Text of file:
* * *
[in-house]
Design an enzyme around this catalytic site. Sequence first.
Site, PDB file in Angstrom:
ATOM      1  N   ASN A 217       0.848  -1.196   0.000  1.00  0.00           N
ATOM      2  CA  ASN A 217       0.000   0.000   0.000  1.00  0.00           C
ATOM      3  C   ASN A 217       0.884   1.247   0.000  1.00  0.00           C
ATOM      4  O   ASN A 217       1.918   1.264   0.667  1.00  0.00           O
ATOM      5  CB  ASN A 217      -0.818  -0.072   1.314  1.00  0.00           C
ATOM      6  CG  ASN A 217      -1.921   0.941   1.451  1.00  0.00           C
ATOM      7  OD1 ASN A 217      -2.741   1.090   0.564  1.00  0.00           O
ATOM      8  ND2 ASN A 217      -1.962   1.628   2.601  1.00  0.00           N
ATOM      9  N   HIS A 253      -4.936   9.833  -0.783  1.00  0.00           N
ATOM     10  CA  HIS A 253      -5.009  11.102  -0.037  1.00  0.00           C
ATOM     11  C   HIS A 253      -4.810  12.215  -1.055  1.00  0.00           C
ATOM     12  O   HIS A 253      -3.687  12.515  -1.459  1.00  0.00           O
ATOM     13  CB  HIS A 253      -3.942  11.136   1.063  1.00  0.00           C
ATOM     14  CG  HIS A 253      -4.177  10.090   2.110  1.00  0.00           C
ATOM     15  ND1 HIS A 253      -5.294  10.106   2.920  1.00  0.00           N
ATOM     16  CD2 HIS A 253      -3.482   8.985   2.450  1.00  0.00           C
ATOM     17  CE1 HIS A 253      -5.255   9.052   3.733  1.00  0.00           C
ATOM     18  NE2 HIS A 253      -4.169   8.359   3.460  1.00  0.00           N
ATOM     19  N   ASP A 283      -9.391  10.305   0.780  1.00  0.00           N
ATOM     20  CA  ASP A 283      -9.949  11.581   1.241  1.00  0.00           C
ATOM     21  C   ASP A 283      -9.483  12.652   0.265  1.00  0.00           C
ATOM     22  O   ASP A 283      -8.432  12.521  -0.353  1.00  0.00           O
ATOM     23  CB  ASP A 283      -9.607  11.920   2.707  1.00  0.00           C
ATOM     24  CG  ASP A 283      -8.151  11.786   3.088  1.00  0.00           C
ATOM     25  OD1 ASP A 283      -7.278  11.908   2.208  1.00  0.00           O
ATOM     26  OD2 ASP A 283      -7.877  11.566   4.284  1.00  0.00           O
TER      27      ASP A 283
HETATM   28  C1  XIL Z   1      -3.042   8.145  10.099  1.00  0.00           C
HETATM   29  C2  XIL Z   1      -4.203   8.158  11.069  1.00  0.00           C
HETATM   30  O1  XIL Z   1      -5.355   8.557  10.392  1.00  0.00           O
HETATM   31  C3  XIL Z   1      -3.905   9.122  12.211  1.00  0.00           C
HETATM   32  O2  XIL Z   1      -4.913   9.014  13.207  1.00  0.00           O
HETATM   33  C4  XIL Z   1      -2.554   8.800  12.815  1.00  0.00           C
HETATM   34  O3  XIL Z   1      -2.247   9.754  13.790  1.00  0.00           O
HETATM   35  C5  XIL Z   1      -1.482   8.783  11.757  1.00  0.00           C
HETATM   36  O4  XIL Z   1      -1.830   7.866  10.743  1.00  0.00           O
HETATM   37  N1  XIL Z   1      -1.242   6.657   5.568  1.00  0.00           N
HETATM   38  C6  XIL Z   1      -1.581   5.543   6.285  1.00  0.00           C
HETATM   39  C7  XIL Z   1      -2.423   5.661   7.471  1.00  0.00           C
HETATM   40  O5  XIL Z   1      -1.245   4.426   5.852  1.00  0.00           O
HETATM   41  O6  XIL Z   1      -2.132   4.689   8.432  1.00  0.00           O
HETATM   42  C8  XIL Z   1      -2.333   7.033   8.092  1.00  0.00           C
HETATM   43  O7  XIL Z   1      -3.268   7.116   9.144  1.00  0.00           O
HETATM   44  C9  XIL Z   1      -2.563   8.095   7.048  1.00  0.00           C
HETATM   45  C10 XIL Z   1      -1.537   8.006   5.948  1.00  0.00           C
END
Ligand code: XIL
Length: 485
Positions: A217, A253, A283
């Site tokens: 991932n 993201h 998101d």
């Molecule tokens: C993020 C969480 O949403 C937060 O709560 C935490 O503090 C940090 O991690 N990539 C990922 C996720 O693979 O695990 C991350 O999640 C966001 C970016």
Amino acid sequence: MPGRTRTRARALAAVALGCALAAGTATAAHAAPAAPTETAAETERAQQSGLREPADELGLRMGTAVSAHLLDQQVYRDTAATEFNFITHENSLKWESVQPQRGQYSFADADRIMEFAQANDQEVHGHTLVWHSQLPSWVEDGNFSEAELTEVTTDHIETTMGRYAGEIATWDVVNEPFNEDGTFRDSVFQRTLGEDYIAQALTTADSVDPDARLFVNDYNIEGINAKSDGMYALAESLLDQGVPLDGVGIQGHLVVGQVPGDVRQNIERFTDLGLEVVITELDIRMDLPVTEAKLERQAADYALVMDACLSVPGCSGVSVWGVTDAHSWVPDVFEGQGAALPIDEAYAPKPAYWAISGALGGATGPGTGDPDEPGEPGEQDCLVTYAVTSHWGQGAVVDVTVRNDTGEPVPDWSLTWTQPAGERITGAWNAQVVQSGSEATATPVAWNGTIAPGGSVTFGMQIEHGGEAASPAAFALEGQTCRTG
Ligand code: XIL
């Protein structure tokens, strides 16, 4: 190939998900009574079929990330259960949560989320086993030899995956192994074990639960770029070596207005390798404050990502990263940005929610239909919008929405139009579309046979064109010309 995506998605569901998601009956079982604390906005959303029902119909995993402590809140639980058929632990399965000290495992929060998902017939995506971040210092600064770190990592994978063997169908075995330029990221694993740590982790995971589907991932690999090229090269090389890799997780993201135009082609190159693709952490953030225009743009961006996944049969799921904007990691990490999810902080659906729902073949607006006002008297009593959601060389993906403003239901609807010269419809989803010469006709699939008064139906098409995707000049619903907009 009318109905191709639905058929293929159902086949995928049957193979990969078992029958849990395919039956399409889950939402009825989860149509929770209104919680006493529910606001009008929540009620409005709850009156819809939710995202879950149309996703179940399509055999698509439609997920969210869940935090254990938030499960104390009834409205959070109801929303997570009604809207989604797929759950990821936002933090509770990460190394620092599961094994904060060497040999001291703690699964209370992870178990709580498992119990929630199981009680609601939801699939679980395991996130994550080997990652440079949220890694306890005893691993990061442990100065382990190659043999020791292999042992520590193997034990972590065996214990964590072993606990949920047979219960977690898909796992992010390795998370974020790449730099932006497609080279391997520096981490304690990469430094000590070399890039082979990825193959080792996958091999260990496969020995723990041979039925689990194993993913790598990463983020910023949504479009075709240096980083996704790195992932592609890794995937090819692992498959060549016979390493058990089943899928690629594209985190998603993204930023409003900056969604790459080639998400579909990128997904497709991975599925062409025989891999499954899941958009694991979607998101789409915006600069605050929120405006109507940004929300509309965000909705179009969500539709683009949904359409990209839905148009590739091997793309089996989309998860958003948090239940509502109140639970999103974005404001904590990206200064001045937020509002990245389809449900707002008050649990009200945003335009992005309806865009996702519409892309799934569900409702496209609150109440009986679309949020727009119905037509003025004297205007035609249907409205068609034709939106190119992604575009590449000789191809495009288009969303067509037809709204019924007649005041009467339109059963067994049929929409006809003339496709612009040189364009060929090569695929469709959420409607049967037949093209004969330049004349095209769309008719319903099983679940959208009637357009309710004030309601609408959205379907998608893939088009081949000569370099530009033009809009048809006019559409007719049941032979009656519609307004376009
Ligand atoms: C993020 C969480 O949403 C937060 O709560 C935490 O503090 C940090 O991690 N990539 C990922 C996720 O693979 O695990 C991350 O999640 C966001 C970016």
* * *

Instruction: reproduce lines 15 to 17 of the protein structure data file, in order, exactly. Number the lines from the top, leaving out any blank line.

ATOM     12  O   HIS A 253      -3.687  12.515  -1.459  1.00  0.00           O
ATOM     13  CB  HIS A 253      -3.942  11.136   1.063  1.00  0.00           C
ATOM     14  CG  HIS A 253      -4.177  10.090   2.110  1.00  0.00           C